It emerged last night that the new provisions would cover news-based websites – including the online editions of national newspapers and sites such as the Huffington Post – but not broadcasters’ websites. It will also exclude bloggers, tweeters and social networking sites such as Facebook and Twitter and small publishers of special interest and trade titles.
Three newspapers – the Financial Times, The Independent and The Guardian – had previously said they would be prepared to accept an element of statutory underpinning in establishing a new self-regulatory system along the lines set out by Lord Justice Leveson.
Last night Chris Blackhurst, editor of The Independent, said: “Given that some newspapers and their journalists behaved very badly over a number of years leading to the creation of a judicial inquiry by David Cameron, today’s outcome was always probable.
“Ideally we would not want any new regulatory system at all, but that was never going to happen. This isn’t perfect but neither is it terrible. I don’t see anything in it that will threaten the sort of journalism we produce at The Independent.”
The agreement was widely welcomed in the House of Commons yesterday – although several Conservatives made clear their dismay that Mr Cameron had come close to breaching the Tories’ promise not to allow any new press law.
Douglas Carswell, the Tory MP for Clacton, used his website to attack the proposals as a “disaster in the making” and said that Britain was setting a bad example to other countries around the world. “I grew up in a central African country run by various dictators who controlled the newspapers,” he wrote. “Perhaps that is why I find the idea of state regulation of the press in Britain so shocking.”
Angie Bray, Tory MP for Ealing Central and Acton and a former ministerial aide, said she feared Mr Cameron had “dipped his toe in the Rubicon”, while Sarah Wollaston, Tory MP for Totnes, said the Royal Charter proposal could be “something we may live to regret”.
Mr Cameron scrapped the cross-party talks on press regulation after appearing to lose patience with the slow progress in the negotiations. Aides said his move had forced the hands of Labour and the Liberal Democrats and insisted that yesterday’s deal would not have been struck without his initiative.
However, he ceded ground on several crucial areas. He agreed that the Royal Charter could be established with some legal underpinning designed to stop its terms being altered. The Prime Minister dropped his resistance to Labour-Liberal Democrat demands on the prominence of newspaper apologies and who will be able to sit on the regulatory body.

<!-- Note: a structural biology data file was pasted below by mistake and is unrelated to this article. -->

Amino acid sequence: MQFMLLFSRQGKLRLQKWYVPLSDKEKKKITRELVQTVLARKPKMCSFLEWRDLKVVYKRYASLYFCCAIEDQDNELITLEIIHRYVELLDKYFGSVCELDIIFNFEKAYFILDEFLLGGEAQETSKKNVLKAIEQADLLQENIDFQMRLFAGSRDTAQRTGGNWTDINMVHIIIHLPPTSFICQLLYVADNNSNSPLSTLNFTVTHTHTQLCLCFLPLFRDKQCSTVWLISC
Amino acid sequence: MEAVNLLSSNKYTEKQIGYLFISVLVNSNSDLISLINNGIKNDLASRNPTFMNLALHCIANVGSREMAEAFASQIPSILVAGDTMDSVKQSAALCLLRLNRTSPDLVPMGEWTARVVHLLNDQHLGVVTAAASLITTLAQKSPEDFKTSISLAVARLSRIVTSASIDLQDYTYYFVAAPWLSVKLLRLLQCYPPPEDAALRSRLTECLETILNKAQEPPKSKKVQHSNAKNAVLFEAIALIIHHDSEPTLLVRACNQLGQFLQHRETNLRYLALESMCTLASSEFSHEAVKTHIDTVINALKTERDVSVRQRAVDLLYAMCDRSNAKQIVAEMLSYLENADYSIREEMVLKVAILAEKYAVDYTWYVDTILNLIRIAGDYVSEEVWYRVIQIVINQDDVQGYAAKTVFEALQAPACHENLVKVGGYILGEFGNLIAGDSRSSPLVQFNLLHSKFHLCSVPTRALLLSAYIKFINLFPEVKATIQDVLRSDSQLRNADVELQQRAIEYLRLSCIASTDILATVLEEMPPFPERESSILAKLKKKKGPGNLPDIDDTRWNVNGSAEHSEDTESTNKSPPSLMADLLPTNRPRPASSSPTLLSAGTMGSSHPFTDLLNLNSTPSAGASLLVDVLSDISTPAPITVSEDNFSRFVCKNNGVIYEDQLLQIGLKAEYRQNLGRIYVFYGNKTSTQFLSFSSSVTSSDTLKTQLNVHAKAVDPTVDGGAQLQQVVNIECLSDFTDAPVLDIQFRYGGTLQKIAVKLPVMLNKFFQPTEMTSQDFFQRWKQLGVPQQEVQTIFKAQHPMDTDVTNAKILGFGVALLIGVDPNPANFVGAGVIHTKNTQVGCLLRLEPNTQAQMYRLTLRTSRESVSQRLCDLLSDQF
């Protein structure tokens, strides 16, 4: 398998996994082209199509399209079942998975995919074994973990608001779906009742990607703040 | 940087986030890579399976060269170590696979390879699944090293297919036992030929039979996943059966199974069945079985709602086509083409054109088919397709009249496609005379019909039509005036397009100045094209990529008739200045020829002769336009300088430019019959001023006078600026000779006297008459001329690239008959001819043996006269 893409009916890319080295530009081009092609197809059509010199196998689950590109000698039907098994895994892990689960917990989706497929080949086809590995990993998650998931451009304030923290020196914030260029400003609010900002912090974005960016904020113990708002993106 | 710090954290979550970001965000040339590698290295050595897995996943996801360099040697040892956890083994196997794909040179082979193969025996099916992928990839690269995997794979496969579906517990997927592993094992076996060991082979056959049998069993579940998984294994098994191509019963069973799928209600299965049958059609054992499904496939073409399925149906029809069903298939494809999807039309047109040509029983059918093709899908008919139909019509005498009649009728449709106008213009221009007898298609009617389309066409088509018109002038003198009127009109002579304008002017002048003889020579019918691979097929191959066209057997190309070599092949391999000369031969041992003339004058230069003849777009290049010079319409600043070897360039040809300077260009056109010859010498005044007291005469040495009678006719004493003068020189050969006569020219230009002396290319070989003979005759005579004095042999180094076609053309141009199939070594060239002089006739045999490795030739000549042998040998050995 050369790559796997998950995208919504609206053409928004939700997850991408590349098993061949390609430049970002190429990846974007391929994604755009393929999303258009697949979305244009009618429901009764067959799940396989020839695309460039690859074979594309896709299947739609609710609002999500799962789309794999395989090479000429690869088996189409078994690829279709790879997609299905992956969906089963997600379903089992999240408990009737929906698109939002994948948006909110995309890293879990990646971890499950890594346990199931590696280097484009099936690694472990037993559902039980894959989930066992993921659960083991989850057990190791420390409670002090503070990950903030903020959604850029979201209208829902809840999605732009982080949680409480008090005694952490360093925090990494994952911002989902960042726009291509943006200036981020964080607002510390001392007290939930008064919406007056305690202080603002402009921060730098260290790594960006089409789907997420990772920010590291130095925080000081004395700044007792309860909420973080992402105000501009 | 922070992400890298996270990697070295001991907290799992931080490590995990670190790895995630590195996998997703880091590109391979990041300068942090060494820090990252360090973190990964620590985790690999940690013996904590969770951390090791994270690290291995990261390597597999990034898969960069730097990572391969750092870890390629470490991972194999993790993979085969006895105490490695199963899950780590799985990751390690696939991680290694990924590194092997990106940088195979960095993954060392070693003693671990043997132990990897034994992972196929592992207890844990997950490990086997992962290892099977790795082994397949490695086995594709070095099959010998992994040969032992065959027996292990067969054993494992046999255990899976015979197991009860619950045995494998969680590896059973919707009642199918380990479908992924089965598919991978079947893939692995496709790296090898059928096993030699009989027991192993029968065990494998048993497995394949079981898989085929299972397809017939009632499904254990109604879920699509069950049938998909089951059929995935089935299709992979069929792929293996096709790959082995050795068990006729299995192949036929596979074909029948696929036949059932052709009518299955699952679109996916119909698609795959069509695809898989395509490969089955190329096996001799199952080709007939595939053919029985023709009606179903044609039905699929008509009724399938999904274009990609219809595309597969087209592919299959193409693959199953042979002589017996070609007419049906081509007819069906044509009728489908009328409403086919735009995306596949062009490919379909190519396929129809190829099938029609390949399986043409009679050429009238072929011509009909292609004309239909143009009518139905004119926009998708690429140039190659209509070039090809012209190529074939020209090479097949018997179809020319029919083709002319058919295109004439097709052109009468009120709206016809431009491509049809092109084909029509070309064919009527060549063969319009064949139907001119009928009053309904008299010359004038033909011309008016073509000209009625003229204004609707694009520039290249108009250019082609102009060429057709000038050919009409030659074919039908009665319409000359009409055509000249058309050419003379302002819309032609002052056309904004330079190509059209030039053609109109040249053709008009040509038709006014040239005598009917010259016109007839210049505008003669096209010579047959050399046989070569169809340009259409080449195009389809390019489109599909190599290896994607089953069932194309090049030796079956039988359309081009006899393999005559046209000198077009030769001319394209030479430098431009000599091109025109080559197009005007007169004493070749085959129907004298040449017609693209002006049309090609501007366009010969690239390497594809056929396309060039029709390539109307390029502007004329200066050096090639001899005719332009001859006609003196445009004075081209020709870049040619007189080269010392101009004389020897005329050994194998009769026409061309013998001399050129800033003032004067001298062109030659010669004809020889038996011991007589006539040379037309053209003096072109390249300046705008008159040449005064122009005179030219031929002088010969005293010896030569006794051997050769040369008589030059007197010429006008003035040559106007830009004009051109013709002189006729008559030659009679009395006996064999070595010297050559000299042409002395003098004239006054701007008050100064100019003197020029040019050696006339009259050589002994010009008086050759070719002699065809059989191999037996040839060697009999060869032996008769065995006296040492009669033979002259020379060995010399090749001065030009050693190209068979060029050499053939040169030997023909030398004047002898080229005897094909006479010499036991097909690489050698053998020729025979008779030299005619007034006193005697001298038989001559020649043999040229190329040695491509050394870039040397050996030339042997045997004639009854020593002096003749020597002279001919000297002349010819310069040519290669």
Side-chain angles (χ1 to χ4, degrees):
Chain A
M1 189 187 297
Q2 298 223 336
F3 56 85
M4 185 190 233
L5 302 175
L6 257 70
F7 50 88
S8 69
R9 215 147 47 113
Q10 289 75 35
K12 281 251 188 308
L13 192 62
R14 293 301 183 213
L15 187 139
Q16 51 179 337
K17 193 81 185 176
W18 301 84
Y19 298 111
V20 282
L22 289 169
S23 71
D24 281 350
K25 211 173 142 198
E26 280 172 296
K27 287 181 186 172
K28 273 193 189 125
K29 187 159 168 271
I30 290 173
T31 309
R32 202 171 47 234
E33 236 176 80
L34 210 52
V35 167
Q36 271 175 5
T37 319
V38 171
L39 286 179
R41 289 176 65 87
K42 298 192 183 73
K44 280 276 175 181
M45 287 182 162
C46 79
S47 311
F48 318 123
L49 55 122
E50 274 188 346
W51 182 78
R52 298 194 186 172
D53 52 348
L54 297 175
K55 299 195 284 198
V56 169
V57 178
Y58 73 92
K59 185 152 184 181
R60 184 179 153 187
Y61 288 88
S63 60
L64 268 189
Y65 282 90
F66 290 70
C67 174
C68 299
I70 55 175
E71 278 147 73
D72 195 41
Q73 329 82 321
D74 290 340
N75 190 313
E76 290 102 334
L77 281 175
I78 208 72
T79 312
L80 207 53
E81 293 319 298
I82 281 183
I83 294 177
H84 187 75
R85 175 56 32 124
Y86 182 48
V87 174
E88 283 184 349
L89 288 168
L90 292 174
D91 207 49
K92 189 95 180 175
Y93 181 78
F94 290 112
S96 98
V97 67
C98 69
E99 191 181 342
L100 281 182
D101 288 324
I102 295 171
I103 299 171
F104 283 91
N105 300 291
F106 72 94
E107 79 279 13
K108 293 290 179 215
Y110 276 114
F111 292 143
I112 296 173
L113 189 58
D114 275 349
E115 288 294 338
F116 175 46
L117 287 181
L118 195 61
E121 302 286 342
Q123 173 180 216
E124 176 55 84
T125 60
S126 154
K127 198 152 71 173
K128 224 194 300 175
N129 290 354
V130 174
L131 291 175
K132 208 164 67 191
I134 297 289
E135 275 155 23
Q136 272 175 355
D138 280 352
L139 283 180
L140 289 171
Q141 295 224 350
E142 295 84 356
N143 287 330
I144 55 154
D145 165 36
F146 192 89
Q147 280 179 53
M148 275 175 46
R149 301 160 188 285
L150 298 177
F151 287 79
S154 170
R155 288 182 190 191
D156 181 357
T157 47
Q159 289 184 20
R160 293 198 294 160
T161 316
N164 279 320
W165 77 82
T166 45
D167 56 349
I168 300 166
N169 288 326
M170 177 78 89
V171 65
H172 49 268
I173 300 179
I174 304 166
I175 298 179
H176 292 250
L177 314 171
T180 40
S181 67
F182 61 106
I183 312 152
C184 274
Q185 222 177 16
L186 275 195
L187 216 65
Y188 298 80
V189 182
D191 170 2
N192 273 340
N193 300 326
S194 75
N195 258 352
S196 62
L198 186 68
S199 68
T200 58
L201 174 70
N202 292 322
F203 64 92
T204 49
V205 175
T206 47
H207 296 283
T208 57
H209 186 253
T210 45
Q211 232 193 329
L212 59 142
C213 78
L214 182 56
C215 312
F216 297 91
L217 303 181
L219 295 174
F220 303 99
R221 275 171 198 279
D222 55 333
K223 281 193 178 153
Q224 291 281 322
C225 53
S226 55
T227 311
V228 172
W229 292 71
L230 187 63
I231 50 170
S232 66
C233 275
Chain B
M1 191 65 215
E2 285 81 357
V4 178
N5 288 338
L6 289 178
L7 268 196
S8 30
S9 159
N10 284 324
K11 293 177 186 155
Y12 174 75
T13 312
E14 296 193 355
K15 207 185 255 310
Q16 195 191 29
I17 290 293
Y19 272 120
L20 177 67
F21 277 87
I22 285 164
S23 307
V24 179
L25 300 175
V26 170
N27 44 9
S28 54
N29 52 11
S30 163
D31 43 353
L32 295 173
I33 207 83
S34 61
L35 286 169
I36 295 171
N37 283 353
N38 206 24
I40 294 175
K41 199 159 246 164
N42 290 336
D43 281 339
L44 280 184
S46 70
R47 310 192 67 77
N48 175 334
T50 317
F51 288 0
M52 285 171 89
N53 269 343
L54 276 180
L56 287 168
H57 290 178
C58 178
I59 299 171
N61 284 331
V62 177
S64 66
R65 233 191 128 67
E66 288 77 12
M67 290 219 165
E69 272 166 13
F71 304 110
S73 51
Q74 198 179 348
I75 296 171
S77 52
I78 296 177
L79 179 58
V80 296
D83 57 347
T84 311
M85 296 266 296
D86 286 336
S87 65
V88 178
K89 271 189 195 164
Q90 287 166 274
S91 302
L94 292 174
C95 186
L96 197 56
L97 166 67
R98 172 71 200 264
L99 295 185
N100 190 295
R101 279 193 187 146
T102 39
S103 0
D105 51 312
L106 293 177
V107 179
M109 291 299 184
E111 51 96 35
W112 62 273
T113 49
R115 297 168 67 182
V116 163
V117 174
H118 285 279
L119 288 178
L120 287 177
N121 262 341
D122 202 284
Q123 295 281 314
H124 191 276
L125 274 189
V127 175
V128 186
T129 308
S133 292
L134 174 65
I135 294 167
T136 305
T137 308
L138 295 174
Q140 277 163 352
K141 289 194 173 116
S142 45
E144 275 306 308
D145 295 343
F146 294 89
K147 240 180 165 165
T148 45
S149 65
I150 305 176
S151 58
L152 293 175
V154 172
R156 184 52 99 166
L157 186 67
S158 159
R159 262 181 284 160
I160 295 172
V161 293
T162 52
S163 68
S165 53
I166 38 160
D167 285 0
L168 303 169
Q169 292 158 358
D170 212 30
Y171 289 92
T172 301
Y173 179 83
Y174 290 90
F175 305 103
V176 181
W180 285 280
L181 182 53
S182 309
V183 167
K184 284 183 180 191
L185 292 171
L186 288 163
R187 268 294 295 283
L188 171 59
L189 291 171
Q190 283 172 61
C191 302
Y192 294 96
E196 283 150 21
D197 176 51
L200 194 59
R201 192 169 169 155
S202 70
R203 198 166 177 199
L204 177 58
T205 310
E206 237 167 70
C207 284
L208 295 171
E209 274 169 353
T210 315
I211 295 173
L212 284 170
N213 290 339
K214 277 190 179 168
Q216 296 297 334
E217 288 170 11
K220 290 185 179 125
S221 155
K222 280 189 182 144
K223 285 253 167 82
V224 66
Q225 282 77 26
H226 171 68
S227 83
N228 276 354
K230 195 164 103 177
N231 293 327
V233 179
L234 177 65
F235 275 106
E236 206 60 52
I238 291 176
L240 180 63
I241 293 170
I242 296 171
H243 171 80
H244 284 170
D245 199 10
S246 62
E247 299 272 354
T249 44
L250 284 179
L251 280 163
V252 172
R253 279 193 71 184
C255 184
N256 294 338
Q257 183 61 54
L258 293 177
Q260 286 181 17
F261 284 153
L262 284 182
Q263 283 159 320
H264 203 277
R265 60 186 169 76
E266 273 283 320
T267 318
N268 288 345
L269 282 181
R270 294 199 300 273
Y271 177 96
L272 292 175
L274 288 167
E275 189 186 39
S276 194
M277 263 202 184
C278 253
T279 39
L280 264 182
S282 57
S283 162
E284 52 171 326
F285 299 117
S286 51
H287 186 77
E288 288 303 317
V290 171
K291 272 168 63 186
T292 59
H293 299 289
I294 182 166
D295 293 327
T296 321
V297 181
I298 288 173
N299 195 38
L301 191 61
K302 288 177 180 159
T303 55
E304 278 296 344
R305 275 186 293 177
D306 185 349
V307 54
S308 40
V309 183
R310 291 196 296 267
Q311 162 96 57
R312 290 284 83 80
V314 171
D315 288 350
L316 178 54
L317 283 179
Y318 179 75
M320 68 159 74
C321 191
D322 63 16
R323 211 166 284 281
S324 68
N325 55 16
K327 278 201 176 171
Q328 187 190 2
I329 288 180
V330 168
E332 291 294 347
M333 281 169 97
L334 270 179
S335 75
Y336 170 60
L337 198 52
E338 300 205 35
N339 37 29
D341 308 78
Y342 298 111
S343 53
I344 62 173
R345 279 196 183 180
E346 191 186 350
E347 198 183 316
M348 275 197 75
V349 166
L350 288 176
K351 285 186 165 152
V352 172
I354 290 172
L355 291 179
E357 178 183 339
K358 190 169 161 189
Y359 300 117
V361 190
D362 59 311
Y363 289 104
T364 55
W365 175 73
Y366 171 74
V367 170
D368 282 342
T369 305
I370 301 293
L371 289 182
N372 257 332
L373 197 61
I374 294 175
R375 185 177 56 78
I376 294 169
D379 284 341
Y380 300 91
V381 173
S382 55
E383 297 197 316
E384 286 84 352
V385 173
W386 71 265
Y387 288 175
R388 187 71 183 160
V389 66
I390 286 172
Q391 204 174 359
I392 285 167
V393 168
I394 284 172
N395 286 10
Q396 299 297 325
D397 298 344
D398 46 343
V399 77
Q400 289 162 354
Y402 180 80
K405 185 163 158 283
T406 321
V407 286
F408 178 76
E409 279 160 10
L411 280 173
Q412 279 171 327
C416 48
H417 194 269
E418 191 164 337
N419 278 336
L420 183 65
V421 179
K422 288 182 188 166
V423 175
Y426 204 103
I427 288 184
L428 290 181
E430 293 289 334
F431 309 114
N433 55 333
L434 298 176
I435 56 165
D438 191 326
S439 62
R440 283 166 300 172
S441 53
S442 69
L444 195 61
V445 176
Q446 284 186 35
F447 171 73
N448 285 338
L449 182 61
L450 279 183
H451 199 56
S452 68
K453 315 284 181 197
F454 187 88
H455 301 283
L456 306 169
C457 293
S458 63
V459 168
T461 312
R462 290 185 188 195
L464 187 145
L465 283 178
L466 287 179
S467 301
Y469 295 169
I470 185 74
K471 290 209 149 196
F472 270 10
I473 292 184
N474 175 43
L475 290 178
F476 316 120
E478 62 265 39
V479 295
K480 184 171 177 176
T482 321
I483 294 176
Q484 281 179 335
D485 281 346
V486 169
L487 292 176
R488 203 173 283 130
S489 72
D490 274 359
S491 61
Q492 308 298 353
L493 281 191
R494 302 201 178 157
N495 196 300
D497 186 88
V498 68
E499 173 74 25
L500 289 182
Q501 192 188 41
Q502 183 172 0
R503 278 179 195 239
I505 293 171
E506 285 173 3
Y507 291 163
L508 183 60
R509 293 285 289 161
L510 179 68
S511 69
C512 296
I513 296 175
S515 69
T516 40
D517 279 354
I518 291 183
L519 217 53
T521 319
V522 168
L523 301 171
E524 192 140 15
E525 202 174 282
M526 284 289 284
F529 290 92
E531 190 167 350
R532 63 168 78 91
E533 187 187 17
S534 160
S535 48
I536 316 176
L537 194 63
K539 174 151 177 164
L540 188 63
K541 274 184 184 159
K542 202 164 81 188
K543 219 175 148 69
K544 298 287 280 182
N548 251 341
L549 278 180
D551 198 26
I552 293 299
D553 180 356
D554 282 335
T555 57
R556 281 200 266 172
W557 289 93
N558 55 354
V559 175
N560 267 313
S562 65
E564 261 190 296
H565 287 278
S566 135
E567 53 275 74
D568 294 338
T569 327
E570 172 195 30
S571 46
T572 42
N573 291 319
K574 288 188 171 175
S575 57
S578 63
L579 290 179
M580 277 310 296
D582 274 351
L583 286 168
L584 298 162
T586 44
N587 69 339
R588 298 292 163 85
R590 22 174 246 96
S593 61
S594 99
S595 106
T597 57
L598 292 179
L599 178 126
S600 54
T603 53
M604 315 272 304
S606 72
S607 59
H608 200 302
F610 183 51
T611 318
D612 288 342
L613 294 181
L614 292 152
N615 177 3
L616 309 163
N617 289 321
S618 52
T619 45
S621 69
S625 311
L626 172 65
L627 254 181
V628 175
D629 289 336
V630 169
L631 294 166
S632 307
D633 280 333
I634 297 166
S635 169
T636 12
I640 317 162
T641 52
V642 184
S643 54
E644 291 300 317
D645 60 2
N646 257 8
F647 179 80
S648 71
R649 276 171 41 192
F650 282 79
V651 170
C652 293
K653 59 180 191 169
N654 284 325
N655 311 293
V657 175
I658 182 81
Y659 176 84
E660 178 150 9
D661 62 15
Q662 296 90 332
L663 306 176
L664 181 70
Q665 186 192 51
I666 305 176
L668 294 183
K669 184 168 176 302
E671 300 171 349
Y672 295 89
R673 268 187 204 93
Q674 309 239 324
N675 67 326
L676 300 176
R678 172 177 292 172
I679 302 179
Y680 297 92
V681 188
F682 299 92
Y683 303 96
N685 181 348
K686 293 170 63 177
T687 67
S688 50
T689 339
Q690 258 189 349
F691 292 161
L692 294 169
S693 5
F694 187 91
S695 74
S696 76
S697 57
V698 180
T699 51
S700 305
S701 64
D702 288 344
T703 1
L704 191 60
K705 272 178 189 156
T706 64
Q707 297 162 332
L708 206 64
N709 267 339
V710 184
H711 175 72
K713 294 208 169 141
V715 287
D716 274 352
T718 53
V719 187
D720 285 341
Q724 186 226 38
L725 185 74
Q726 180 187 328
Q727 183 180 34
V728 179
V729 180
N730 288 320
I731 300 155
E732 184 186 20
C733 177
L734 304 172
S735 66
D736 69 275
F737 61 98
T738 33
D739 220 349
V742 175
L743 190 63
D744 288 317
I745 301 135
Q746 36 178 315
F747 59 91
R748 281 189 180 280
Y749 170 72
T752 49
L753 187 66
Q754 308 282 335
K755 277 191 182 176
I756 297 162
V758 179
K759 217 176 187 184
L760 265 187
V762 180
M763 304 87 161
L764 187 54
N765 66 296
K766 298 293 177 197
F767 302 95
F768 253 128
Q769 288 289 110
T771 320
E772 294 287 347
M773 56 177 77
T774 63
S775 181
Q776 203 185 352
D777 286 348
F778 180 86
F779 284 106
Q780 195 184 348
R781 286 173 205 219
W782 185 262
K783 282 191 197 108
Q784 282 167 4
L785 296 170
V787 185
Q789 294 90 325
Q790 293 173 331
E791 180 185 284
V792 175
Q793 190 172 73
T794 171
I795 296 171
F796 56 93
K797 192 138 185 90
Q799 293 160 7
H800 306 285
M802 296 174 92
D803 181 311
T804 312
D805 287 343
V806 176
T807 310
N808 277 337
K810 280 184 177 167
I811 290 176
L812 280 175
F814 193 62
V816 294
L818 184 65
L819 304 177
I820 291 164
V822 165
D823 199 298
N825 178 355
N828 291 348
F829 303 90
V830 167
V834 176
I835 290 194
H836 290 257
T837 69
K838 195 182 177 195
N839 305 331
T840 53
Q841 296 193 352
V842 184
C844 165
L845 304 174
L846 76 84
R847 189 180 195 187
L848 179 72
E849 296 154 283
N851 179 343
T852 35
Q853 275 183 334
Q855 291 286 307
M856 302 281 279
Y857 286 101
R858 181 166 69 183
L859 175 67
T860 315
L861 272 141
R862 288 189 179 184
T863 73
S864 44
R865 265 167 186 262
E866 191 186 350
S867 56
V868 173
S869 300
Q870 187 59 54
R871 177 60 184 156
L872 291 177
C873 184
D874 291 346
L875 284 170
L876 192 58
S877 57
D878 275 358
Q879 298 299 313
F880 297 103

He told the Commons his plans did not “cross the Rubicon” to statutory control of the press. He said the Royal Charter legislation was designed to “protect the Royal Charter not to regulate it”.
Mr Miliband said: “Today’s agreement protects the victims and upholds a free press. It is true to the principles of Lord Justice Leveson’s report.”
Points of contention: winners and losers
The Use of Legislation
The Royal Charter was a Conservative idea which Labour and the Liberal Democrats initially viewed with scepticism. But, having opposed statutory underpinning, the Tories were persuaded to include a clause in the Enterprise and Regulatory Reform bill to ensure the charter’s future integrity. Narrow Tory win
Membership of the New Regulator
David Cameron’s earlier Royal Charter had restricted membership of the regulatory body to persons who met with the “unanimous” support of the appointments panel. Labour and the Lib Dems argued this would mean that effectively gave the press – which has one member on the panel - a veto on appointments. The word unanimous has been removed. Clear Liberal Democrat-Labour win
The Tory wording that the regulator could “require” apologies contrasted with the Labour and Lib Dem stipulation that the watchdog could “direct” such corrections – onto the front page if need be. To the anger of the press the Tories conceded on this. Clear Liberal Democrat-Labour win
The service allows free access for complainants and does not rule out third party complaints except when brought on clearly frivolous or vexatious grounds. Hacked Off is pleased. The press is concerned. Liberal Democrat-Labour win
This contentious issue is not included in the document and is still subject to further negotiation. No result
To be written by a committee dominated by editors and journalists. This was a sensitive area for the press, which was worried about being told by outsiders how to do its job. The board will decide if the code has been breached. Labour and Lib Dems wanted the board to approve the code and have given some ground. Narrow Tory win